By Jeff

It has nothing to do with austerity. MOSI has been flagging for years and long before the Tories came in. Hence them flogging off part of their site in order to build the Ordsall Chord.

The plane exhibition in the lower market has not changed in the 20 years I have lived here, so is it not a better idea to do something with the space which actually brings it back to life? The plan is offices and event space, so a market is not ruled out and would be a great idea. Get the people who run the Mackie Mayor/Altrincham food market in on it and it would be fantastic and was mentioned a while back. With the Castlefield Forum and St John’s residents on MCC’s back, it won’t just all be turned in to offices.
People are so unbelievably negative on here sometimes and fail to see the bigger picture. There is so much potential here if done correctly.

By Steve

Agree with Steve. A market there would be perfect with all the residential development. Just what Manchester needs along the lines of the ones in Madrid. The demographic around there can afford a stylish indoor market coupled with some decent food outlets, these days and with the new Highline garden coming soon, it would be a lively place to visit,plus Factory.

By Elephant

Steve, it is not compulsory for it to change use. Invest in the space, expand the space and improve its visitor appeal. Expand the number of exhibits but don’t discard it and reduce still further the appeal of the museum, which by rights should be one of our Crown Jewels cultural attractions. Unfortunately under MCC and Science Museum Group, it feels like the place is becoming increasingly marginalised.

By Not Leese

As a regular pre-pandemic visitor with my young family this is a very sad announcement. Children do not need the display to change every few months and they don’t even notice if paintwork is peeling a bit. However, they do seem to glow when they are inspired and I watched this happen many times as we have imagined flying and driving all the various vehicles in display; my daughter and I have been waiting until she is tall enough to try out the flight simulator too.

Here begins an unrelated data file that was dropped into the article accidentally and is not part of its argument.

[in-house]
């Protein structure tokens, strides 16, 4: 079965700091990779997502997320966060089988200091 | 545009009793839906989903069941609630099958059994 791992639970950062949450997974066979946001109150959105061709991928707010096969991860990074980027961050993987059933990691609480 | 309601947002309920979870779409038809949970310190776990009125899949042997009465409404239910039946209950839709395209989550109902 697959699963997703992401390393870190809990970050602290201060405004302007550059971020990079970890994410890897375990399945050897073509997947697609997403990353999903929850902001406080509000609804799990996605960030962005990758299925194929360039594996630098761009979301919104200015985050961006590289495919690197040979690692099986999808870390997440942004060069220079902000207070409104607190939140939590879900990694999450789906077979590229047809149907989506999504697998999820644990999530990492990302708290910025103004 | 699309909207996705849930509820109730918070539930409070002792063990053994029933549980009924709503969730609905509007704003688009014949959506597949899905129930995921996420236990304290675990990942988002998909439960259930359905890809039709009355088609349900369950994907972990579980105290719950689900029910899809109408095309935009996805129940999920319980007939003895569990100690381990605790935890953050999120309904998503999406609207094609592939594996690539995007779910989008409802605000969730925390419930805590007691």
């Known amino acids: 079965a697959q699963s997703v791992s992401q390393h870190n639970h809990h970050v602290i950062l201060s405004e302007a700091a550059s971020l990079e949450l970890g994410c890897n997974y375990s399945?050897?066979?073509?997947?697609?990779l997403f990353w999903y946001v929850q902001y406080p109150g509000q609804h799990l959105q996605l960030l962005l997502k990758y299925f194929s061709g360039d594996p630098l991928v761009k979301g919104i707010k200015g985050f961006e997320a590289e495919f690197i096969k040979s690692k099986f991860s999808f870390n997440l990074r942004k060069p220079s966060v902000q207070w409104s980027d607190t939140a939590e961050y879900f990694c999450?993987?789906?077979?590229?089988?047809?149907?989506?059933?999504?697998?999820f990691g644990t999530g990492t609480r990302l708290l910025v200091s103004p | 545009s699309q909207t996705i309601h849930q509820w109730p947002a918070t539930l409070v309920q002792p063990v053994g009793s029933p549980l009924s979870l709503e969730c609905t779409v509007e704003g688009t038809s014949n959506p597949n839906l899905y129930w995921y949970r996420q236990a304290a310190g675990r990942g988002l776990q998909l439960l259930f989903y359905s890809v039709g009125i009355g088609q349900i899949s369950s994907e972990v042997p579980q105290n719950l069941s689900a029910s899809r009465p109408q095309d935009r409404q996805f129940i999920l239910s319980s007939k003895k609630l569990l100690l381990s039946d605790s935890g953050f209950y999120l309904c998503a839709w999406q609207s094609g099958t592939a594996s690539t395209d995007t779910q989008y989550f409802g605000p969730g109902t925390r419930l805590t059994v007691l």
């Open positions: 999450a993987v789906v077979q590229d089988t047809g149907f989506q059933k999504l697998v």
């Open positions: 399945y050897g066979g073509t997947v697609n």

The complexities of our city’s economy are beyond my expertise as a designer but I feel strongly that places which inspire local children should be highly valued and it is sad to see this valuable asset being discarded.

By regular visitor paul

I don’t see how building a world class cultural centre (Factory) is a waste of money! Great asset for Greater Manchester and the wider North West.

By Anonymous

Make it Manchester’s Borough Market after the chance to do that at Smithfield was lost.

By Loganberry

Having surveyed the whole of the estate a few years back we noted defects in this building , but nothing major , which could not be fixed . MCC does seem to be fixated on major vanity projects .
This was my kids favourite part of the museum , as noted in another column they are do not worry about the building being dated and there not being whiz bang graphics . They just liked being up close to the planes , particularly as their grandfather was in the RAF .
A great loss to the city , which huge amounts of money spent on vanity projects will not replace .

By graham wilson